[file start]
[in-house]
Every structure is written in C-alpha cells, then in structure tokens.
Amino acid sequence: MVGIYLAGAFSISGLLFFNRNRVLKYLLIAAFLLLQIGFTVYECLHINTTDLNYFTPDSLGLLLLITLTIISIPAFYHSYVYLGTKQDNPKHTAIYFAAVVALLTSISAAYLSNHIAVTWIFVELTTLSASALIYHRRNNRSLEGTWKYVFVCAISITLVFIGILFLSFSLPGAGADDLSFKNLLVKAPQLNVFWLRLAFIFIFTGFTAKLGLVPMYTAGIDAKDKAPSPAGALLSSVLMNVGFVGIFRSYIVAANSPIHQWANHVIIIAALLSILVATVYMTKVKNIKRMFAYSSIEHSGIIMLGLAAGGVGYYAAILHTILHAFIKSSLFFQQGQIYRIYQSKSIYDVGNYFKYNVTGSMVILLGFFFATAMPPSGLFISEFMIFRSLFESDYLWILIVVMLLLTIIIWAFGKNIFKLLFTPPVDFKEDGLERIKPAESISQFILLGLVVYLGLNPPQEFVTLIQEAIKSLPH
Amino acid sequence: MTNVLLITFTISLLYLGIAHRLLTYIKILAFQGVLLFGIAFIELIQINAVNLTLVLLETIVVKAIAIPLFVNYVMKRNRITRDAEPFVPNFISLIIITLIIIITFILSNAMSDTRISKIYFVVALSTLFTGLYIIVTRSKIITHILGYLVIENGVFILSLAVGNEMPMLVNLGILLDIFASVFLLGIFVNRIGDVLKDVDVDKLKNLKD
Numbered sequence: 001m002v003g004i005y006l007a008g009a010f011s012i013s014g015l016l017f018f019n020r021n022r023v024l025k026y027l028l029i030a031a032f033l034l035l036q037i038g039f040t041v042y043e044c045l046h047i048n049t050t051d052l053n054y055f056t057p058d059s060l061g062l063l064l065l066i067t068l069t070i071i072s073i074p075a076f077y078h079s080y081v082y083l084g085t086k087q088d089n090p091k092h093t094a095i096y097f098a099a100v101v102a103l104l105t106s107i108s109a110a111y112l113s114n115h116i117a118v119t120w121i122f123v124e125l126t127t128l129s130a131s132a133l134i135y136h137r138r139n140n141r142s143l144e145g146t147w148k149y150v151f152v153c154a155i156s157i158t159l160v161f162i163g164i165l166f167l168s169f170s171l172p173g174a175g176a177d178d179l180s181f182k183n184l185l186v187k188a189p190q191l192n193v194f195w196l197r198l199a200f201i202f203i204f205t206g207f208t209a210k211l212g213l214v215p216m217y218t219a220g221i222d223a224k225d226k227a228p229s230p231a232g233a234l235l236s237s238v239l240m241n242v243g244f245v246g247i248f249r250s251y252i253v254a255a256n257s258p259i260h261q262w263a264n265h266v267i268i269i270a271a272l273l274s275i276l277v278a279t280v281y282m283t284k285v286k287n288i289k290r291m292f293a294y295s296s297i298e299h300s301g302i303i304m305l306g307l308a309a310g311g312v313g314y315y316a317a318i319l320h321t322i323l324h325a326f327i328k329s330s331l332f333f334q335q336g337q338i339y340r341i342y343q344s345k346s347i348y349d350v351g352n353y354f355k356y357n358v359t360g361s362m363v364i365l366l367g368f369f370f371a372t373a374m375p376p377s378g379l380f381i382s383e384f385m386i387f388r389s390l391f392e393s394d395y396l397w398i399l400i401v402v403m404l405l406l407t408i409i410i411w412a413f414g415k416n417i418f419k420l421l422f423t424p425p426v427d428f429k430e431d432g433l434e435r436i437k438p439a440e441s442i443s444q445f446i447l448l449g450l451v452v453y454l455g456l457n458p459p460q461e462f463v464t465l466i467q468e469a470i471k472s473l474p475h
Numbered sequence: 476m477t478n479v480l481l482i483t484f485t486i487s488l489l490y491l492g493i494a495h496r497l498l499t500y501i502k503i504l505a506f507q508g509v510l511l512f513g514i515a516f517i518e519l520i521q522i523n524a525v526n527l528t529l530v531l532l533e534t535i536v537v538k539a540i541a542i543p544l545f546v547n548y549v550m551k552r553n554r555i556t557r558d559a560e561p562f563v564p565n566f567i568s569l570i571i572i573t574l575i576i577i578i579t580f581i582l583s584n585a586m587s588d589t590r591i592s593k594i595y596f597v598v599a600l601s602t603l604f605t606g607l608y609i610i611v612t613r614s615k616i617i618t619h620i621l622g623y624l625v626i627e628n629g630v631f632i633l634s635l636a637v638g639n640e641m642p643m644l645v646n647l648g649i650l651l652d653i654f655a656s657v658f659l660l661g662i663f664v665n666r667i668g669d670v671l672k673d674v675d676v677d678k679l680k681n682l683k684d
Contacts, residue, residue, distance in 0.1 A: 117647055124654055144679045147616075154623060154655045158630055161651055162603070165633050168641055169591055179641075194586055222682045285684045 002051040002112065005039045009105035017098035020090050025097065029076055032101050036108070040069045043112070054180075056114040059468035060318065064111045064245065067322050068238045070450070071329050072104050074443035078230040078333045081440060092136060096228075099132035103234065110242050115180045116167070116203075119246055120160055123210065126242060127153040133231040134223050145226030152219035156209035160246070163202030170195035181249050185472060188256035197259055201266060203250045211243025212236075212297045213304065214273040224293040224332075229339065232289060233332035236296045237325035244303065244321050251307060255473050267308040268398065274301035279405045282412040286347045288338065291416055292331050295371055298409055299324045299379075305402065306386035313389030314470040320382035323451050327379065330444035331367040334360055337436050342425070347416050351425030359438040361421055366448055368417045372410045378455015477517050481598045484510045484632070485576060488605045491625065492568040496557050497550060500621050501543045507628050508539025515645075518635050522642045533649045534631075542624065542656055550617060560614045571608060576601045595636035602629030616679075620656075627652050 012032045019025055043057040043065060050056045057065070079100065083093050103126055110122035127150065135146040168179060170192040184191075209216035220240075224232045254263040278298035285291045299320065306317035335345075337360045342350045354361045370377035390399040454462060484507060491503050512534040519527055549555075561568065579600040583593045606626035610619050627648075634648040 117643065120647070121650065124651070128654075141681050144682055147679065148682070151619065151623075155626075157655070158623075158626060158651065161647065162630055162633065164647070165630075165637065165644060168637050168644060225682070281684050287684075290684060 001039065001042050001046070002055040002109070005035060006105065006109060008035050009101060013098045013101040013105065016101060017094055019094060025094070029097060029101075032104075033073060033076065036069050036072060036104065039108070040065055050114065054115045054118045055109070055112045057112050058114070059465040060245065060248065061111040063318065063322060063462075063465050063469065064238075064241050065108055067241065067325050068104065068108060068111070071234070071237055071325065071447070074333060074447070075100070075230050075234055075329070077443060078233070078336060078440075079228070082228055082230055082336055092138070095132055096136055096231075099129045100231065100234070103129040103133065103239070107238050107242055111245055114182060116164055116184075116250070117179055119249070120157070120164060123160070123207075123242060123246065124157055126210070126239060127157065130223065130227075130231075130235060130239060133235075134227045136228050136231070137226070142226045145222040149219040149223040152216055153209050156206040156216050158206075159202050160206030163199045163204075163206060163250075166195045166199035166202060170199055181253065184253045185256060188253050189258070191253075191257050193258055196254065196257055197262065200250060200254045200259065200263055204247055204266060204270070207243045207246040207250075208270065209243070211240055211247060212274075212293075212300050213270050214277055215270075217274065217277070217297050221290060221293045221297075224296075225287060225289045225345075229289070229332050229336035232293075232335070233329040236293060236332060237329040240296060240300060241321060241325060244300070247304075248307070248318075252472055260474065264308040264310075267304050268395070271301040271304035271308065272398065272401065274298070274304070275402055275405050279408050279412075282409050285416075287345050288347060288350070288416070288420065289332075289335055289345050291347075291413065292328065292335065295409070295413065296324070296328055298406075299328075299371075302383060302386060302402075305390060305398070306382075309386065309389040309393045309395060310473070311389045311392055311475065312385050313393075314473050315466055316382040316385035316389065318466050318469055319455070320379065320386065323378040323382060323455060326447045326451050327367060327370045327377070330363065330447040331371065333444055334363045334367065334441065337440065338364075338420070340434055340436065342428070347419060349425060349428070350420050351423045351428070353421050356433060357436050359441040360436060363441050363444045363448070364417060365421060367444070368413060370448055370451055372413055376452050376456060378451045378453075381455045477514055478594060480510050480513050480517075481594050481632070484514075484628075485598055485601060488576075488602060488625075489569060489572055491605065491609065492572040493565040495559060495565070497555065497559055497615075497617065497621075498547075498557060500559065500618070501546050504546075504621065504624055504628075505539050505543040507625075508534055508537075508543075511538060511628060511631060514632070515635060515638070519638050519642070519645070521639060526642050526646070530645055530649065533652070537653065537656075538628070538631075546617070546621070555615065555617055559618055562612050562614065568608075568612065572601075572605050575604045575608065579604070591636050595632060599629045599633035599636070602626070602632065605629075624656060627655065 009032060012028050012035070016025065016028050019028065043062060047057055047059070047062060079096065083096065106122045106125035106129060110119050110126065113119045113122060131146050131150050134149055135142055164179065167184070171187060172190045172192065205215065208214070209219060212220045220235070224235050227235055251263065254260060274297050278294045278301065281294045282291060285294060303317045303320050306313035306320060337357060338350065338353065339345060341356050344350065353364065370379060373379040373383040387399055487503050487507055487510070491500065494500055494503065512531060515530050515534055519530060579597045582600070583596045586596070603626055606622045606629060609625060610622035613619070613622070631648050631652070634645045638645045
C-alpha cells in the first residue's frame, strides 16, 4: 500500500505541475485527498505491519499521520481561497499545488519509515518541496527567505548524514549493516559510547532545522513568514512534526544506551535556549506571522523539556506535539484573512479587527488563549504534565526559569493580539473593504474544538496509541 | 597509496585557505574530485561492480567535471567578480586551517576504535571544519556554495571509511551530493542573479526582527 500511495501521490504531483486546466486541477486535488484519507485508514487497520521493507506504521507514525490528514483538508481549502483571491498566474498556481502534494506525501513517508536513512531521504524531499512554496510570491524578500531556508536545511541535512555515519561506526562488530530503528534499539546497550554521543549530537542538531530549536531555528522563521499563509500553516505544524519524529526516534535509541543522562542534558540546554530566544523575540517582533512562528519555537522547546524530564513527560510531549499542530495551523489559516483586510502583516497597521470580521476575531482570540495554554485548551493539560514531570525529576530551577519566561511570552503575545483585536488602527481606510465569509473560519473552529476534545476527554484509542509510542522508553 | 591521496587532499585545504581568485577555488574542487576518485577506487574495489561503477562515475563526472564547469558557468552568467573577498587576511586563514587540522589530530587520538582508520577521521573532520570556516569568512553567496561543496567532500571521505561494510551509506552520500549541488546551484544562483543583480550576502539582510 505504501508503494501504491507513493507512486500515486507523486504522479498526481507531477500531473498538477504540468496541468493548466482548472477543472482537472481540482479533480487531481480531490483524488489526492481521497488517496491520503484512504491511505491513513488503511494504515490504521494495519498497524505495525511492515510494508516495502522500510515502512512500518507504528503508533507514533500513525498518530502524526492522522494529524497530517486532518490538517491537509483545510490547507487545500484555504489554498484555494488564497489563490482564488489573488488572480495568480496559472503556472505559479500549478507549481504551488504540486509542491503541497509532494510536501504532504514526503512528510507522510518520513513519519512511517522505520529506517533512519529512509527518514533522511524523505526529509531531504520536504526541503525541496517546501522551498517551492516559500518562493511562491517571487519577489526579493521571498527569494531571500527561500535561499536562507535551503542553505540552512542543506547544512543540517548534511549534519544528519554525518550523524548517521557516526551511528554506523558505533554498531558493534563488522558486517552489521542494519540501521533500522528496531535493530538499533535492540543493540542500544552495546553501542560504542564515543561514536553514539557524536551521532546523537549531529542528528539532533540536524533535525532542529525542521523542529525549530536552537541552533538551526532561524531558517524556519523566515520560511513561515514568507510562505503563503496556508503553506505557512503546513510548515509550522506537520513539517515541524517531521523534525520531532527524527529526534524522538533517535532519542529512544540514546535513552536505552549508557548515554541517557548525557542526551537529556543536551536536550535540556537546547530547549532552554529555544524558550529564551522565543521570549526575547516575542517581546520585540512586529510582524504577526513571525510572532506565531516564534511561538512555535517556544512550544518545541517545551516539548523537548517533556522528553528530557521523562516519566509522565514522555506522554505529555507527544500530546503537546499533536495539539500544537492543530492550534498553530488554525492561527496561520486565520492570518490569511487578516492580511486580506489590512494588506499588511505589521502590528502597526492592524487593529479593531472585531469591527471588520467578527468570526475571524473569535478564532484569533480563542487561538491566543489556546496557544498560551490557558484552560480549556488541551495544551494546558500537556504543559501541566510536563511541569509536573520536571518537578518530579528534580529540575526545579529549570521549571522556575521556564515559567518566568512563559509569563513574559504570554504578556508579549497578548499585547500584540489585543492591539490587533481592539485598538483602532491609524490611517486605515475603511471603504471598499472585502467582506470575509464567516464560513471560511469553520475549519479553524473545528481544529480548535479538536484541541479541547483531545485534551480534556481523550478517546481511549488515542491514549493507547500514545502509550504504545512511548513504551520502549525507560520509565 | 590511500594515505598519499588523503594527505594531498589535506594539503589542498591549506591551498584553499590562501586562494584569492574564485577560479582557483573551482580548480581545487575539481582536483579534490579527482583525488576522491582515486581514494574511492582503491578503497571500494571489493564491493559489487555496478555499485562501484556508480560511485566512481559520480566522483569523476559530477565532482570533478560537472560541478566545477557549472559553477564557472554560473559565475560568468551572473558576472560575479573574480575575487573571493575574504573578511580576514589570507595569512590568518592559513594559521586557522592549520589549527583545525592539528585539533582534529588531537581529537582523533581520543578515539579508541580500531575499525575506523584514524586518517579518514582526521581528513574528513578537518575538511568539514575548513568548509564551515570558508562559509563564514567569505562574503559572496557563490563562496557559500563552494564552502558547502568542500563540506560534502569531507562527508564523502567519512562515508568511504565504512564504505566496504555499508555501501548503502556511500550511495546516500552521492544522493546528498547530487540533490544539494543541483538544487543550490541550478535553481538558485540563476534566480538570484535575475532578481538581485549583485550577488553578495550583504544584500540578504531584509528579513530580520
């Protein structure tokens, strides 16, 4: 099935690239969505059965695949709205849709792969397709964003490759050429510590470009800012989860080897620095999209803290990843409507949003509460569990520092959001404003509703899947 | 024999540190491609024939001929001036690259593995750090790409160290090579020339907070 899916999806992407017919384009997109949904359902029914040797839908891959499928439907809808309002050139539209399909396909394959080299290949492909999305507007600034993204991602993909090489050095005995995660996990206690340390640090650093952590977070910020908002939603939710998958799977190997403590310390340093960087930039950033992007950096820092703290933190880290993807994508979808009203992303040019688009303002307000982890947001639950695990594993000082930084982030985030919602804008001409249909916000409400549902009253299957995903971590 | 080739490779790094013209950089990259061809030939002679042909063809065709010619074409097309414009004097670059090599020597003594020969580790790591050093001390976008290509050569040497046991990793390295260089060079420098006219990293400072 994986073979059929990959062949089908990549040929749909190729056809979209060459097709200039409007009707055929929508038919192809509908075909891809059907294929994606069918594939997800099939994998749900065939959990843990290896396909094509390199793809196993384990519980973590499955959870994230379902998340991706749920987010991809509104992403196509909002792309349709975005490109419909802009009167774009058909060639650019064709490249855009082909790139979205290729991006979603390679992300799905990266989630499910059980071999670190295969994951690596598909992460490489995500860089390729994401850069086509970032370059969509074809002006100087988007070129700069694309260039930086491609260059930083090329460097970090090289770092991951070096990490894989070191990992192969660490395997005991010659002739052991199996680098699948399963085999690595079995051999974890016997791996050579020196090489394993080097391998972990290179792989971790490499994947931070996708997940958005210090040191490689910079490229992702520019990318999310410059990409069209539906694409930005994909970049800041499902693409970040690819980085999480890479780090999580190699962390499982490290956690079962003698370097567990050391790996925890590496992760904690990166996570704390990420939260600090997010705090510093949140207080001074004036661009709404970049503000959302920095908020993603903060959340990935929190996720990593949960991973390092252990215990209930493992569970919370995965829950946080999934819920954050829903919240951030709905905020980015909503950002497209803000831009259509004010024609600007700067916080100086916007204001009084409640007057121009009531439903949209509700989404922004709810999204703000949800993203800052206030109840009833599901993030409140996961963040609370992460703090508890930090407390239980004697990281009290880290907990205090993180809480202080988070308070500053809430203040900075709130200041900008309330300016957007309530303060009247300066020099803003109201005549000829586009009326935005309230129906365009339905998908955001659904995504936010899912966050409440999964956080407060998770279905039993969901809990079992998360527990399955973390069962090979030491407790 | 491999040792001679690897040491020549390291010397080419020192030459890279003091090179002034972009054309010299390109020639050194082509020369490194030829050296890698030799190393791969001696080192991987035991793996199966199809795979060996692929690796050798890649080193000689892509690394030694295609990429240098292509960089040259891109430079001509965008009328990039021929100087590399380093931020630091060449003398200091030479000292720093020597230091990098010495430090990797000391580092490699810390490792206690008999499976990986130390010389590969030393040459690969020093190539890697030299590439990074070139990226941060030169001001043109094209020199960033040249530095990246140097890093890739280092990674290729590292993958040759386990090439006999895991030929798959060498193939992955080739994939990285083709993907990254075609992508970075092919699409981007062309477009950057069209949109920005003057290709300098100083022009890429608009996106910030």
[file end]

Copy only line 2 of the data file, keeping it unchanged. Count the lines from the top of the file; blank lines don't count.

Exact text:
Every structure is written in C-alpha cells, then in structure tokens.